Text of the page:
Judge orders Brown to take back student suspended for sexual misconduct

PROVIDENCE, R.I. (WPRI) — A federal judge has ordered Brown University to reinstate a male student after finding flaws with the methods used by a university tribunal that found the student “responsible” for sexually assaulting a female student. The judge also castigated Brown community members, who engulfed him in emails demanding a certain outcome in the decision.

The male student, dubbed “John Doe” in the court proceedings, sued Brown University to let him return to class. The case came before U.S. District Court Chief Judge William E. Smith, who handed down his 84-page written decision last week.

A university tribunal determined Doe, as respondent, had been “responsible” for sexual misconduct with another student in November 2014, dubbed “Ann Roe” in documents, as complainant; the penalty would be expulsion from Brown.

Doe sued the university for breach of contract on the grounds that Brown’s disciplinary procedures used the wrong set of rules — a policy based around Title IX rather than a student code of conduct for the 2014-2015 school year.

After the bench trial, Judge Smith found on August 23 that Doe was likely to get a ruling in his favor, and granted a preliminary injunction allowing him to return for the fall semester.

That was met with an outcry from Brown community members, as the Providence Journal noted, including an opinion piece in a student publication.

“The Court is an independent body and must make a decision based solely on the evidence before it,” Judge Smith wrote in his decision. “It cannot be swayed by emotion or public opinion. After issuing the preliminary injunction, this Court was deluged with emails resulting from an organized campaign to influence the outcome. These tactics, while perhaps appropriate and effective in influencing legislators or officials in the executive branch, have no place in the judicial process.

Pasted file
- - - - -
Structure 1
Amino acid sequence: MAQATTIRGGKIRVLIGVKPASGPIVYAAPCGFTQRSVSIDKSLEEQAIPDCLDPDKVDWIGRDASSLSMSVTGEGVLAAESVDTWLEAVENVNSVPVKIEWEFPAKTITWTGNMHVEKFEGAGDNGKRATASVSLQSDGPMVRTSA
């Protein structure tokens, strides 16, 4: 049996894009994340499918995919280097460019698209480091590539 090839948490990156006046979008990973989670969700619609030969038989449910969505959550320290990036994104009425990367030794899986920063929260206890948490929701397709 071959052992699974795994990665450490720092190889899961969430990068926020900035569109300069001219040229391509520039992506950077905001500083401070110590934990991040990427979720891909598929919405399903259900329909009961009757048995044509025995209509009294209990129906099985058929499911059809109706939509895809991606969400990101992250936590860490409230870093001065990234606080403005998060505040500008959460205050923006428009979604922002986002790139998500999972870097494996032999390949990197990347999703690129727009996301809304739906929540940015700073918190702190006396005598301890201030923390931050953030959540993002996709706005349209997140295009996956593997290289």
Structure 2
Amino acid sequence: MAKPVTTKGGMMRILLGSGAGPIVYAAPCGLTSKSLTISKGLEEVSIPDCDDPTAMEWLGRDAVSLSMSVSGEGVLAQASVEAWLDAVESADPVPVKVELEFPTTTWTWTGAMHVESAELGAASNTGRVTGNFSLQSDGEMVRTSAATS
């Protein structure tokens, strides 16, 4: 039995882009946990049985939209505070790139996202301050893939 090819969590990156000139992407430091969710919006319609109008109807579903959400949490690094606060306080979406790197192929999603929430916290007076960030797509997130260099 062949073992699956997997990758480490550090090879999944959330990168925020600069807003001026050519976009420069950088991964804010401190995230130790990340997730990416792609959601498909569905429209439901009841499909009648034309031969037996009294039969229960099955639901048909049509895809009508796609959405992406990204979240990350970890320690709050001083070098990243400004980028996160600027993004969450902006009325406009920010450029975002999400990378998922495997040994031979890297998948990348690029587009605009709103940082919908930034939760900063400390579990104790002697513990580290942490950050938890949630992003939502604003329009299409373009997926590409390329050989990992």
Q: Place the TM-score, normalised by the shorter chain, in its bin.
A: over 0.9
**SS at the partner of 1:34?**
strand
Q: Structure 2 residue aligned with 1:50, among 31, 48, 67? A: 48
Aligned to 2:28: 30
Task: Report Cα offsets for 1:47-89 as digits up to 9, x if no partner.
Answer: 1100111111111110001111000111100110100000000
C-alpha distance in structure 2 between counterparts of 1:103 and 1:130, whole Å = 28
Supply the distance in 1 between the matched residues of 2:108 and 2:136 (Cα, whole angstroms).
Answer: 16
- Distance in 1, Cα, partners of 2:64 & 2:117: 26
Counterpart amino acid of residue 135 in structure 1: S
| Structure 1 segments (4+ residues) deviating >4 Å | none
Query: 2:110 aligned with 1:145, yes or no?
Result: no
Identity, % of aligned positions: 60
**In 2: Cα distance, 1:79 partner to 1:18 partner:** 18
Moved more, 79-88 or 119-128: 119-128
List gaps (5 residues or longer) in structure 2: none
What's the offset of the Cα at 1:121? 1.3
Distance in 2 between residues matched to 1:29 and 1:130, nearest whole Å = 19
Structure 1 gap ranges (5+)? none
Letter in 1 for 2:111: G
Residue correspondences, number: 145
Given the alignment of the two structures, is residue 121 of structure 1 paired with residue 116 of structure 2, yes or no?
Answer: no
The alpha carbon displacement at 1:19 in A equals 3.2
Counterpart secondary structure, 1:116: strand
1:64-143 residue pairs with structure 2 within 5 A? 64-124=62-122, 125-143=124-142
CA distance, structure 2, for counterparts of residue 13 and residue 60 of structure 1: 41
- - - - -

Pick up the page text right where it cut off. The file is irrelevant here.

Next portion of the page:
“This is basic civics, and one would think students and others affiliated with a prestigious Ivy League institution would know this. Moreover, having read a few of the emails, it is abundantly clear that the writers, while passionate, were woefully ignorant about the issues before the Court,” he added.

The facts, the judge ruled, were that Brown didn’t follow the rules — “a student’s reasonable expectations” — based on the code of student conduct that Doe understood, and that Doe is entitled to a new hearing.

Some of the related rules in the student code indicate a respondent must be considered innocent until proven guilty, and to be given “every opportunity” to raise concerns and relevant opinions, according to the ruling.

The court was not supposed to consider whether misconduct had happened — though the ruling went on at length to outline the testimony of both the male and female students about the incident and subsequent reactions and activities of each.